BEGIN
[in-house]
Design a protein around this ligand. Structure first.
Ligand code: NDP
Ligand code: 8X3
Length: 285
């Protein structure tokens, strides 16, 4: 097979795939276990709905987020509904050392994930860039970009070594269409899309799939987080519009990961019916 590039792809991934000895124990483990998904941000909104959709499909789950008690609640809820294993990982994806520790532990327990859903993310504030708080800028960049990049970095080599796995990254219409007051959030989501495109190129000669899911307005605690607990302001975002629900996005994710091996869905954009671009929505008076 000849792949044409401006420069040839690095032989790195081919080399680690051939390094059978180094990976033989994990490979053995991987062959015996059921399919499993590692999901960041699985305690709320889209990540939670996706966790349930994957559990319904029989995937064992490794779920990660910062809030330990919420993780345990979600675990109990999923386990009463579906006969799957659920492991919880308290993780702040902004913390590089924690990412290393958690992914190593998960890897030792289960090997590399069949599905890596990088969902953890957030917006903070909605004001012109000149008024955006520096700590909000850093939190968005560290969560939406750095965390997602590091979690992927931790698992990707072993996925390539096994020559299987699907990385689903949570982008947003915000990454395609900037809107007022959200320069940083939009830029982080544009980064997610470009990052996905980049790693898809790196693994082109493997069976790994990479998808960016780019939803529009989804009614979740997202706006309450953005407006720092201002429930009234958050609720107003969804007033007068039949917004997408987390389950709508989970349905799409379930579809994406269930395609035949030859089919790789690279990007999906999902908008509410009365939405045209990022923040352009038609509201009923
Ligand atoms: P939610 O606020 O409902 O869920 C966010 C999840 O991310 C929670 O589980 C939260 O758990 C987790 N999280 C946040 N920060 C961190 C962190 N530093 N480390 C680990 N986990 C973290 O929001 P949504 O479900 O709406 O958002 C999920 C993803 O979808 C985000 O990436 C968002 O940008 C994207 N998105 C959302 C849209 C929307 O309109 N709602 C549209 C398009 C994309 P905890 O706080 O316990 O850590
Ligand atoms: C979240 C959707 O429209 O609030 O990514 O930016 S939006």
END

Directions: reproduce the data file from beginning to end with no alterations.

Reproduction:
[in-house]
Design a protein around this ligand. Structure first.
Ligand code: NDP
Ligand code: 8X3
Length: 285
């Protein structure tokens, strides 16, 4: 097979795939276990709905987020509904050392994930860039970009070594269409899309799939987080519009990961019916 590039792809991934000895124990483990998904941000909104959709499909789950008690609640809820294993990982994806520790532990327990859903993310504030708080800028960049990049970095080599796995990254219409007051959030989501495109190129000669899911307005605690607990302001975002629900996005994710091996869905954009671009929505008076 000849792949044409401006420069040839690095032989790195081919080399680690051939390094059978180094990976033989994990490979053995991987062959015996059921399919499993590692999901960041699985305690709320889209990540939670996706966790349930994957559990319904029989995937064992490794779920990660910062809030330990919420993780345990979600675990109990999923386990009463579906006969799957659920492991919880308290993780702040902004913390590089924690990412290393958690992914190593998960890897030792289960090997590399069949599905890596990088969902953890957030917006903070909605004001012109000149008024955006520096700590909000850093939190968005560290969560939406750095965390997602590091979690992927931790698992990707072993996925390539096994020559299987699907990385689903949570982008947003915000990454395609900037809107007022959200320069940083939009830029982080544009980064997610470009990052996905980049790693898809790196693994082109493997069976790994990479998808960016780019939803529009989804009614979740997202706006309450953005407006720092201002429930009234958050609720107003969804007033007068039949917004997408987390389950709508989970349905799409379930579809994406269930395609035949030859089919790789690279990007999906999902908008509410009365939405045209990022923040352009038609509201009923
Ligand atoms: P939610 O606020 O409902 O869920 C966010 C999840 O991310 C929670 O589980 C939260 O758990 C987790 N999280 C946040 N920060 C961190 C962190 N530093 N480390 C680990 N986990 C973290 O929001 P949504 O479900 O709406 O958002 C999920 C993803 O979808 C985000 O990436 C968002 O940008 C994207 N998105 C959302 C849209 C929307 O309109 N709602 C549209 C398009 C994309 P905890 O706080 O316990 O850590
Ligand atoms: C979240 C959707 O429209 O609030 O990514 O930016 S939006």